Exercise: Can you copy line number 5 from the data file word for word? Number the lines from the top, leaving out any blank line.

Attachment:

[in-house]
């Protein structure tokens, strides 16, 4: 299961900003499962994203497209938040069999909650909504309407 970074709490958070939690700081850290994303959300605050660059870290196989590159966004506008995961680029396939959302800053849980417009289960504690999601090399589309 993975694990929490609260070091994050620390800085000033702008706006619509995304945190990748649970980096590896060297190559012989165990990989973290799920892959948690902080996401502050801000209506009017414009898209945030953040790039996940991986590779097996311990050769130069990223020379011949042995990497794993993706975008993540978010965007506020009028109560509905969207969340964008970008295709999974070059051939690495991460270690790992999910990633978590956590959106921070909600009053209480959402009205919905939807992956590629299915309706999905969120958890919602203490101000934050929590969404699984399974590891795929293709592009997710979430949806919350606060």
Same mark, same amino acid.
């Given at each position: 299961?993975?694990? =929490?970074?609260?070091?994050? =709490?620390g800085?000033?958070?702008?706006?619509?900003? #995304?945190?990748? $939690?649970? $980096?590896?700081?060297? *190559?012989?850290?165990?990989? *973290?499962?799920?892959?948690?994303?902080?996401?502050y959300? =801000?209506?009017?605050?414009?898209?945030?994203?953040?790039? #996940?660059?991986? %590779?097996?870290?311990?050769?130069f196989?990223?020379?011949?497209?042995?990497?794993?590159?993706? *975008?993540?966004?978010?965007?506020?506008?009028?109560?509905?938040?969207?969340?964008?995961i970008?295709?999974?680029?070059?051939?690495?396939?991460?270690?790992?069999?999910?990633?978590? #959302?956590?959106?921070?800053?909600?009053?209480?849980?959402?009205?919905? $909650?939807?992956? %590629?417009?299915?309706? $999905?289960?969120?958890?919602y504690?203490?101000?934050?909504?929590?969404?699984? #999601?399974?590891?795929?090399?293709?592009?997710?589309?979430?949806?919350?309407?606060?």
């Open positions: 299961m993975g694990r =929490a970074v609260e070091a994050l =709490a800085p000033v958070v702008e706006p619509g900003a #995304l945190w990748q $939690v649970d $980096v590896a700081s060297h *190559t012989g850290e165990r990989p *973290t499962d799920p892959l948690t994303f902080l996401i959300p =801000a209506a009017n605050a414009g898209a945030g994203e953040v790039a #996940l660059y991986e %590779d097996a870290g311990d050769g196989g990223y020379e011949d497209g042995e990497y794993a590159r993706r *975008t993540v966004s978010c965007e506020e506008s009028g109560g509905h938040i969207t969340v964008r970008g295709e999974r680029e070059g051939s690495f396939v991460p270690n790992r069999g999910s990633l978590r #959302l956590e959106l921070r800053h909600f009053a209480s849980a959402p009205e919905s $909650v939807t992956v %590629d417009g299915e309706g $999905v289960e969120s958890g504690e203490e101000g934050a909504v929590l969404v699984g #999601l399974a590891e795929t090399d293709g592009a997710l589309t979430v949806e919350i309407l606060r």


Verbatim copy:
């Open positions: 299961m993975g694990r =929490a970074v609260e070091a994050l =709490a800085p000033v958070v702008e706006p619509g900003a #995304l945190w990748q $939690v649970d $980096v590896a700081s060297h *190559t012989g850290e165990r990989p *973290t499962d799920p892959l948690t994303f902080l996401i959300p =801000a209506a009017n605050a414009g898209a945030g994203e953040v790039a #996940l660059y991986e %590779d097996a870290g311990d050769g196989g990223y020379e011949d497209g042995e990497y794993a590159r993706r *975008t993540v966004s978010c965007e506020e506008s009028g109560g509905h938040i969207t969340v964008r970008g295709e999974r680029e070059g051939s690495f396939v991460p270690n790992r069999g999910s990633l978590r #959302l956590e959106l921070r800053h909600f009053a209480s849980a959402p009205e919905s $909650v939807t992956v %590629d417009g299915e309706g $999905v289960e969120s958890g504690e203490e101000g934050a909504v929590l969404v699984g #999601l399974a590891e795929t090399d293709g592009a997710l589309t979430v949806e919350i309407l606060r």